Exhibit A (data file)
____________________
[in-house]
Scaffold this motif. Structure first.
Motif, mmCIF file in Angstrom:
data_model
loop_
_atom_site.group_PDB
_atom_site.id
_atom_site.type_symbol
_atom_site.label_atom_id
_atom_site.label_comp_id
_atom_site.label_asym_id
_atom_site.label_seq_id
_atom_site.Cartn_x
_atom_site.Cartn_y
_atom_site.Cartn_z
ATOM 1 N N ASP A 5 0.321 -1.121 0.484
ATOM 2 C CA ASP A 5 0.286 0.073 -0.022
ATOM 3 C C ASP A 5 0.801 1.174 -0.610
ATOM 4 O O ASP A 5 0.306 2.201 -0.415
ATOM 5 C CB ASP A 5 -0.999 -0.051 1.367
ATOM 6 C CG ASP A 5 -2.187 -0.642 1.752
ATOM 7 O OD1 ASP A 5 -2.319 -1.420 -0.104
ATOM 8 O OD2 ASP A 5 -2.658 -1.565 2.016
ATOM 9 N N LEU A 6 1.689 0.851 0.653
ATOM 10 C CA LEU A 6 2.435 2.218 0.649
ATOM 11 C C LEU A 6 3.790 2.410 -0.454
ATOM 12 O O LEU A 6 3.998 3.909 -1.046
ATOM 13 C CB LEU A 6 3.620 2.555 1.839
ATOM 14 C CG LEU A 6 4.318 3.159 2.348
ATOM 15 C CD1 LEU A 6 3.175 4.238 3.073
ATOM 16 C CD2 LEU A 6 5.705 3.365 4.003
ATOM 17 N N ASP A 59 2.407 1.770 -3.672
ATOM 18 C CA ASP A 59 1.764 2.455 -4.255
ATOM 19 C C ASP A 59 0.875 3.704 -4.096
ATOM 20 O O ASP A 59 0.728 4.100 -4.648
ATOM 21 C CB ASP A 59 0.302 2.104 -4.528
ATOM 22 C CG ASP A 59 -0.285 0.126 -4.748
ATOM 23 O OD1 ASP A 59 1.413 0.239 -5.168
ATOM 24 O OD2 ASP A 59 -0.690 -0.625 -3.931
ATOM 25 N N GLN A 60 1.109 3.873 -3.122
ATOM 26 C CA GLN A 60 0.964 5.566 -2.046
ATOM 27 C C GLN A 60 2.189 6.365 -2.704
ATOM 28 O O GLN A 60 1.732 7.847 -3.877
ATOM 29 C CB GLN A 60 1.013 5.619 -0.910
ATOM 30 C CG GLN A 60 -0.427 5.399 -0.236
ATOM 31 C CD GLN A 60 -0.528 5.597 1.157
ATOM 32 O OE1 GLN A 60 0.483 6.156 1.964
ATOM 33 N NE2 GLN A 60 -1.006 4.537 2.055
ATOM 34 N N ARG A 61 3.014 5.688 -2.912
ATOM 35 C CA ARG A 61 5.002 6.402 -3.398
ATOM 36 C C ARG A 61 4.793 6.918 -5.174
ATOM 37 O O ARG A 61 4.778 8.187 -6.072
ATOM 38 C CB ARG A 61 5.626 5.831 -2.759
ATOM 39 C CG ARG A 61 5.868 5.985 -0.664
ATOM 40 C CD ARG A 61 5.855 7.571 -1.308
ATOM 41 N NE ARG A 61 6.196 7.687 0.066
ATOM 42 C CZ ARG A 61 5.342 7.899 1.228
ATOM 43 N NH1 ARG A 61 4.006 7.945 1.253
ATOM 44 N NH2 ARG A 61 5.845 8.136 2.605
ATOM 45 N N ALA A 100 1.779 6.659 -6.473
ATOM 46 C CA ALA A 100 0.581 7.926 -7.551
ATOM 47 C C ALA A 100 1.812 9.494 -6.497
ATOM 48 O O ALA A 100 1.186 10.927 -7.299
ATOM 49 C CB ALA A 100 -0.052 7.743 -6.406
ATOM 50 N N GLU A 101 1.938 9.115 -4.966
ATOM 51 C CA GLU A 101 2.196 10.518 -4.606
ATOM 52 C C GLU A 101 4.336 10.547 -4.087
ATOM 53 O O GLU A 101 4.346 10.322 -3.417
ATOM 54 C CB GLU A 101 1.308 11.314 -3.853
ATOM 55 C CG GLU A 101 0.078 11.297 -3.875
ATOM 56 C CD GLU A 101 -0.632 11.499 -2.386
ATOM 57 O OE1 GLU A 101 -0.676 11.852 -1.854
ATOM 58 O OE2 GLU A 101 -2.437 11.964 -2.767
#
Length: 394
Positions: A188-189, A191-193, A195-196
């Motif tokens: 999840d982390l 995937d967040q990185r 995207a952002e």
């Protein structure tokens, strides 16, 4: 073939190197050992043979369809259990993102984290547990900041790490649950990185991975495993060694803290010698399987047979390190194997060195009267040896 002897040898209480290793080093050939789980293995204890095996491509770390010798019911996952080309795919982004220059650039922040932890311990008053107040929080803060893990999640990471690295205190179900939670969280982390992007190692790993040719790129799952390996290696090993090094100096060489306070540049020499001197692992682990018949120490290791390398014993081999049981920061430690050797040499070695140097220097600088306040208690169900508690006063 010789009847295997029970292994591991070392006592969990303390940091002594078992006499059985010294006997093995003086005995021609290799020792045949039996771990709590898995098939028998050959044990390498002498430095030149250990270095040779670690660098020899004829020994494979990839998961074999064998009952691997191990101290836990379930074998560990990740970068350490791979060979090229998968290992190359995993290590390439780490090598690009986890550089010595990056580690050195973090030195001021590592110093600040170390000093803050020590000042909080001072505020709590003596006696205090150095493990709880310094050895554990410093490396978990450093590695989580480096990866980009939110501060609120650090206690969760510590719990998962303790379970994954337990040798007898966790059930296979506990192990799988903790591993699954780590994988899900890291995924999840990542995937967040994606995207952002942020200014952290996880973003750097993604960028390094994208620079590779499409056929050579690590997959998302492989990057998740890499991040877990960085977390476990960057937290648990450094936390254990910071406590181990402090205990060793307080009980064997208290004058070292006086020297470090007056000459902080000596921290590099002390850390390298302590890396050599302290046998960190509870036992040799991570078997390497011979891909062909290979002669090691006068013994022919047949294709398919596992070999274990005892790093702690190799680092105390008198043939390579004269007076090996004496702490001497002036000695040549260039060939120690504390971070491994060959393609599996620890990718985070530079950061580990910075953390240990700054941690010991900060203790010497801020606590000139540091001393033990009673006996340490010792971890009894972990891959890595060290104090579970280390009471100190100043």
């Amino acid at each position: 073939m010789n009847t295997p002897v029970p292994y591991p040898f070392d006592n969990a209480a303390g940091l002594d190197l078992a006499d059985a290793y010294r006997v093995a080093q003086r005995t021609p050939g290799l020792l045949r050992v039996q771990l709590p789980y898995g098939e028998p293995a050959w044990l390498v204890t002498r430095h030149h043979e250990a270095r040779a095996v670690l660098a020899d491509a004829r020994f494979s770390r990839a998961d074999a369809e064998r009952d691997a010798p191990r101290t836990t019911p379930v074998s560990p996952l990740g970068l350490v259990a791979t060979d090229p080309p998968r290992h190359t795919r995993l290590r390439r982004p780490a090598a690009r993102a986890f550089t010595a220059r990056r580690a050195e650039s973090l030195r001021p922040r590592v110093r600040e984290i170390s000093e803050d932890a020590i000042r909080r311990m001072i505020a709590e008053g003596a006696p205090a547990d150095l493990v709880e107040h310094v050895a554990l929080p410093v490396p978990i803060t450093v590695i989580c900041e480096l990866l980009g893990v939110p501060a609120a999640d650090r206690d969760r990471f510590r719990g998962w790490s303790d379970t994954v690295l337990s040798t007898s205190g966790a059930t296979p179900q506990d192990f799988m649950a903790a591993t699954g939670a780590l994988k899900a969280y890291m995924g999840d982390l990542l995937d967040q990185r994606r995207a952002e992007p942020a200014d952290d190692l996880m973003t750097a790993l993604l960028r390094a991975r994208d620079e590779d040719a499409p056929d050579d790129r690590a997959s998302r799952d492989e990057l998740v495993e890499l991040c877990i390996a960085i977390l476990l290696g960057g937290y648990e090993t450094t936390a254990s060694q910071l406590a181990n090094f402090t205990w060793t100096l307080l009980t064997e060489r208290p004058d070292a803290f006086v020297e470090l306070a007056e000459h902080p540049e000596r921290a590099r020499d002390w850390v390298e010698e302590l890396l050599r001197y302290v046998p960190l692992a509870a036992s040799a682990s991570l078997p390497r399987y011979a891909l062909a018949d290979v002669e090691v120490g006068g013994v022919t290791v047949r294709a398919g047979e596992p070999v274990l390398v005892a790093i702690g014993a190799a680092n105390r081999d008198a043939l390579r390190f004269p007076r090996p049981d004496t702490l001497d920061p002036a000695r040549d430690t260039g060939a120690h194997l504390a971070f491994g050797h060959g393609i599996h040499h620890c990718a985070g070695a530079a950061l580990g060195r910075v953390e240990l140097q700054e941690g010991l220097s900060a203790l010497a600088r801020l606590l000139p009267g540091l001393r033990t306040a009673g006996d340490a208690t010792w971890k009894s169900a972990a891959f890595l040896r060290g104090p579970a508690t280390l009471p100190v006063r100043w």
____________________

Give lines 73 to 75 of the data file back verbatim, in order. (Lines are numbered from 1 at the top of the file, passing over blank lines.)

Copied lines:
ATOM 58 O OE2 GLU A 101 -2.437 11.964 -2.767
#
Length: 394